7. Yves Smith Post author

      You don’t seem to like facts, do you? I must note there was nothing in your rant that related to the current post, you just seemed in the mood to have a hissy fit. And your commentary on the ACA was remarkably thin on analysis and long on venom. It isn’t clear what your objection is, save you seem to think that the ACA is good for the country, ergo Roberts decisions was a noble sacrifice.

      The view that the Roberts decision was a plus for the Republicans and that ACA is not a good program is hardly unique to this blog, see this for one of many examples:


      As for housing, need I remind you that consensus opinion, both in early 2010 and 2011, was that a general economic recovery was underway, and that is looking a smidge premature?

      Oh, and how about the fact that Fannie, which is considered to have the best housing analysts, is calling for housing to bottom in 2013, which contradicts CR? And it might be based on the same data that made its way into the latest FHFA IG report:

      Managing the Ongoing and Expected Surge in Foreclosed Property Inventories

      Foreclosed property inventories have grown rapidly since 2007. According to Enterprise data, Fannie Mae’s and Freddie Mac’s combined REO inventory nearly quintupled from about 48,100 units at the end of 2007 to 234,582 units at the end of 2010 (see Figure 3). In 2011, the Enterprises’ combined REO inventory declined by 25% to more than 179,000 units, which was still more than three times higher than the 2007 level.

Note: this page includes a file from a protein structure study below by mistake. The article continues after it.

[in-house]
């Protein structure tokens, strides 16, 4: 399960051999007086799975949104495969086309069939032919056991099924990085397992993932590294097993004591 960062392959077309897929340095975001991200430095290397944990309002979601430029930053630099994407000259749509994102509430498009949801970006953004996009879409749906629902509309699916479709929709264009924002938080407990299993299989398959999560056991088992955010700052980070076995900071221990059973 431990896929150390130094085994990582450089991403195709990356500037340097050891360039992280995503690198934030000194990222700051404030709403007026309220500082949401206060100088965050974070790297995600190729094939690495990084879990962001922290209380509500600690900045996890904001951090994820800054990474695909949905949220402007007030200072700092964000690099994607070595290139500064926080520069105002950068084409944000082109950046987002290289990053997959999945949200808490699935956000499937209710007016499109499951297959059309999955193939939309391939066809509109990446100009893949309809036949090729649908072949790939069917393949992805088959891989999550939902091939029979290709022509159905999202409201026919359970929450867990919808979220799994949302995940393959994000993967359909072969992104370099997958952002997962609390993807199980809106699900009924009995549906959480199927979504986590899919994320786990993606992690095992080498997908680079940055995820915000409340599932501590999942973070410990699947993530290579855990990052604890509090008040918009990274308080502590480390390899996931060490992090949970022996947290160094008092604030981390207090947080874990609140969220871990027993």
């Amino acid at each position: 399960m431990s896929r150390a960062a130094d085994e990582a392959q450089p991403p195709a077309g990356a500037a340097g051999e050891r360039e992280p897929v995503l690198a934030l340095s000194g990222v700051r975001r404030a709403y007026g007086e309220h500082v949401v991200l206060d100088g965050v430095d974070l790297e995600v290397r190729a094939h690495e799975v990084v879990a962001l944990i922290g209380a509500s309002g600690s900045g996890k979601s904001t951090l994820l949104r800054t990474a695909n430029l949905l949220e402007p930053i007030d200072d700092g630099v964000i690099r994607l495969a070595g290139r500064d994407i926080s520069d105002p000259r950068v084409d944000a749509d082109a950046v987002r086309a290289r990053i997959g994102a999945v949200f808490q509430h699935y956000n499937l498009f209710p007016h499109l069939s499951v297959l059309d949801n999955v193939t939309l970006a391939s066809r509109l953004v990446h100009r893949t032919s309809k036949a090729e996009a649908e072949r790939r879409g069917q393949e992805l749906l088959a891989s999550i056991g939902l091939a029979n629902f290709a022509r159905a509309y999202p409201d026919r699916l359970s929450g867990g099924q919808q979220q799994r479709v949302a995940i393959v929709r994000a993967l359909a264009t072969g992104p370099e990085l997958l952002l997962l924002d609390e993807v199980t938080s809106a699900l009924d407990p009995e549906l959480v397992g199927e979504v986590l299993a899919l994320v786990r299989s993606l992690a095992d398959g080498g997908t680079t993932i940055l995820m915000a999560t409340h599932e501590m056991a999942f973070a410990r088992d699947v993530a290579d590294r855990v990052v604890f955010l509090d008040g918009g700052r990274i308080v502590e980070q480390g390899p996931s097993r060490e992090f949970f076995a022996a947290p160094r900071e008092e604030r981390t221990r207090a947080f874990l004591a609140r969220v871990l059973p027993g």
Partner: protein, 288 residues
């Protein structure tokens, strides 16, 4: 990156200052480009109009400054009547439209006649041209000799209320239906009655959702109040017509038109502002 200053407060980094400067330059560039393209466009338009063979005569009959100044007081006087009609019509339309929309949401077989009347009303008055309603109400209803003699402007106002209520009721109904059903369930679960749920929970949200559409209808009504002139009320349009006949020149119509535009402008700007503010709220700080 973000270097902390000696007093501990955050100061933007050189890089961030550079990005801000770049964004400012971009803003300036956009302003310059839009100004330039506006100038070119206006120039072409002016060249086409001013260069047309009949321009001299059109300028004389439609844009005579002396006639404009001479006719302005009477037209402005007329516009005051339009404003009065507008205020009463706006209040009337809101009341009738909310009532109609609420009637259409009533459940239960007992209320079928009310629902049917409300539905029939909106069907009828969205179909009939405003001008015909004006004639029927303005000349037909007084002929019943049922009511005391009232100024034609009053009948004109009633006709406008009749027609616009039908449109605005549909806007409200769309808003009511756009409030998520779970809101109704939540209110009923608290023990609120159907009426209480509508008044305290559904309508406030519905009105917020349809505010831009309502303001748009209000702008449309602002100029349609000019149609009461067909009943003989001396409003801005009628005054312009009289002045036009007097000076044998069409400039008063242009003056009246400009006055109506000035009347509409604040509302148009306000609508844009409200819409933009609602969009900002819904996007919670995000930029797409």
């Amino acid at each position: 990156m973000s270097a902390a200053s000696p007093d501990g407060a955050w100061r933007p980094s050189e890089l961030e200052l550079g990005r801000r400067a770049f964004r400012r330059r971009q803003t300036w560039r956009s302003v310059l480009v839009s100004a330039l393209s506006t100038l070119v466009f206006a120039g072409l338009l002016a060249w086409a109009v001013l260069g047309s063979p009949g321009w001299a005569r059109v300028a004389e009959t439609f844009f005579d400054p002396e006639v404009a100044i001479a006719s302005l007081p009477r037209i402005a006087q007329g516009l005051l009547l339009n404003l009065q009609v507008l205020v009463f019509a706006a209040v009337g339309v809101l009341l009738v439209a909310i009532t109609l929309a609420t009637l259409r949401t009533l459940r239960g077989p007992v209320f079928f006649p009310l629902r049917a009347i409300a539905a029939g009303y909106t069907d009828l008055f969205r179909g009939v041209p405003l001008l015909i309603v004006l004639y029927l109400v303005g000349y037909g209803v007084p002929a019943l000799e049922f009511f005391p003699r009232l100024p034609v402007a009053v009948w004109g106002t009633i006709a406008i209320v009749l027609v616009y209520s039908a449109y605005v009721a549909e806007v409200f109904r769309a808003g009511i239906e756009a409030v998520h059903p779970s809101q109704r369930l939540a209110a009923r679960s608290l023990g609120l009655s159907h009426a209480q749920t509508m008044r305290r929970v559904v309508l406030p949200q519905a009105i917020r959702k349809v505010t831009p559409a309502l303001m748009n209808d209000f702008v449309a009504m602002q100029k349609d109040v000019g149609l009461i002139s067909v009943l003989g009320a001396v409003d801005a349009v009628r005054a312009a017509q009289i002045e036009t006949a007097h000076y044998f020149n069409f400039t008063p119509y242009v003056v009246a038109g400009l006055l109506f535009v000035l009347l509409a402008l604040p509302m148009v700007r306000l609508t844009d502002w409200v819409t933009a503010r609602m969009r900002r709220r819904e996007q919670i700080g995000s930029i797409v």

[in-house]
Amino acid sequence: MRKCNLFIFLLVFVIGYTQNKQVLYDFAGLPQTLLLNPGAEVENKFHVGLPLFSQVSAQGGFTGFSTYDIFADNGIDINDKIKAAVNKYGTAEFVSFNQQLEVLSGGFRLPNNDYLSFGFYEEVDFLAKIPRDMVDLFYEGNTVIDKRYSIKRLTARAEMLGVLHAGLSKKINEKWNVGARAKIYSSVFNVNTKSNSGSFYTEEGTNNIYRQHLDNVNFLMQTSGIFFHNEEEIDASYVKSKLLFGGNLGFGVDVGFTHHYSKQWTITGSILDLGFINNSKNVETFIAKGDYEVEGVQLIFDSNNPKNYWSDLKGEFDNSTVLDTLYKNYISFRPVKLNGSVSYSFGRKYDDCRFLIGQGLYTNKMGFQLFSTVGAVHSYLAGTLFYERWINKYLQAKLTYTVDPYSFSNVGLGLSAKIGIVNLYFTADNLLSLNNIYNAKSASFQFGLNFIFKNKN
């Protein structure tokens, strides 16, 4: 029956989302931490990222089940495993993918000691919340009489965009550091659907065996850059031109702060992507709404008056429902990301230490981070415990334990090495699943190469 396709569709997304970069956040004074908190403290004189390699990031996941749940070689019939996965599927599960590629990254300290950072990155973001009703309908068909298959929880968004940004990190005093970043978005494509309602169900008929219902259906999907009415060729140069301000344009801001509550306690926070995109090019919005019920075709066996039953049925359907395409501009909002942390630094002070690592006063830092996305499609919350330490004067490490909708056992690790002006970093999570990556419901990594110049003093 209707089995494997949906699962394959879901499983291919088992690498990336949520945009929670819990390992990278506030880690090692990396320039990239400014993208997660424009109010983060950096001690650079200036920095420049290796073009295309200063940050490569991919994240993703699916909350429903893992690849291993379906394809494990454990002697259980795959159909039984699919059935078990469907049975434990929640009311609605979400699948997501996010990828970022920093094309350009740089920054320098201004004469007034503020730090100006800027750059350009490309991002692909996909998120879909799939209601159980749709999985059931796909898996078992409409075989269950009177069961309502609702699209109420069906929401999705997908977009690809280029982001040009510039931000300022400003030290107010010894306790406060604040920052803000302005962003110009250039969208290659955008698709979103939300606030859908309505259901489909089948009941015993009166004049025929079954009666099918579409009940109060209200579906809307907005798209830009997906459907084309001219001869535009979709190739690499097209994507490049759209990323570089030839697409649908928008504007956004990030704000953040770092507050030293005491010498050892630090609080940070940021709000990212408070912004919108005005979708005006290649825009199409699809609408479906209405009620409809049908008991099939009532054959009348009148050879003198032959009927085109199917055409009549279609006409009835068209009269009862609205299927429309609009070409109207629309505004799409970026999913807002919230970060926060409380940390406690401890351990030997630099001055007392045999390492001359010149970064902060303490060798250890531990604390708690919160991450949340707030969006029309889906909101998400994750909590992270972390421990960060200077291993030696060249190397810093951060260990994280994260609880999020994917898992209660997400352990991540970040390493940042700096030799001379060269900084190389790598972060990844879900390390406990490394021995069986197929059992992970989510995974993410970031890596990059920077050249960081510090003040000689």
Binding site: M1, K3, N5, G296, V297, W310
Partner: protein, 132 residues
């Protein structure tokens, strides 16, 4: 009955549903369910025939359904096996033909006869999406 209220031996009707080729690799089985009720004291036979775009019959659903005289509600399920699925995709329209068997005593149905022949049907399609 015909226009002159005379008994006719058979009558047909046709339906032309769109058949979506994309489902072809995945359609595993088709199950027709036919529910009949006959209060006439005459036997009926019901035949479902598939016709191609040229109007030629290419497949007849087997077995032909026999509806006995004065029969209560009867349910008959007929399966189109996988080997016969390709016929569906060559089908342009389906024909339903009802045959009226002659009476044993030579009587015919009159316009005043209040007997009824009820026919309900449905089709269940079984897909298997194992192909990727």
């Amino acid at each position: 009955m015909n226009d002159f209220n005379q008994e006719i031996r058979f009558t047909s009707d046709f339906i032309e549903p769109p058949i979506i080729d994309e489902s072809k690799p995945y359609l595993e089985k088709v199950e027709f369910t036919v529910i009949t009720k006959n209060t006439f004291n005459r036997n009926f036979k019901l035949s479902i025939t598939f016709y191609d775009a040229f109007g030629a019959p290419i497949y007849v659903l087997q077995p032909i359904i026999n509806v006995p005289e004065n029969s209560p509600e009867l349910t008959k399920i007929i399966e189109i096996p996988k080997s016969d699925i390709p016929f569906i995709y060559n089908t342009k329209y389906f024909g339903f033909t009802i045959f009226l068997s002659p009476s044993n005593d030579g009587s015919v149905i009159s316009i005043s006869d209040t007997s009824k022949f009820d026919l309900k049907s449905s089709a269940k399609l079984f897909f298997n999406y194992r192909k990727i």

This decline continued in the first quarter of 2012 with the Enterprises’ combined REO inventories falling by approximately 3% from 179,083 properties to 173,480 properties

      And take note of this part:

      Further, general distress in the housing sector will likely continue to result in elevated REO inventories. For example, the Enterprises’ financial data indicate that, as of the end of 2011, more than 1.1 million mortgages held or guaranteed by the Enterprises were “seriously delinquent,” i.e., were 90 or more days past due. At that time, the volume of seriously delinquent mortgages was more than six times the size of the Enterprises’ REO inventories (see Figure 5).

      This from our Tom Adams:

      My rough calculation of their REO and delinquency numbers would indicate that they will have about 300,000 new REOs (acquisitions, in their parlance) per year for the next three years, assuming their isn’t a surge in new defaulters from their portfolio (ie – just using the loans currently seriously delinquent). They also report 179,000 properties currently in REO (end of 2011).

      If they maintain their 2011 rate of REO dispositions at 353,000, the pipeline would be largely cleared in about 3 years. If they are able to increase the pace a bit, perhaps the inventory clears in 2-2.5 years.

      Either way, it is very likely that about 1 million REO properties will be disposed of by the GSEs over the next 2-3 years. Over the last 3 years, they have disposed of about 833,216 REOs.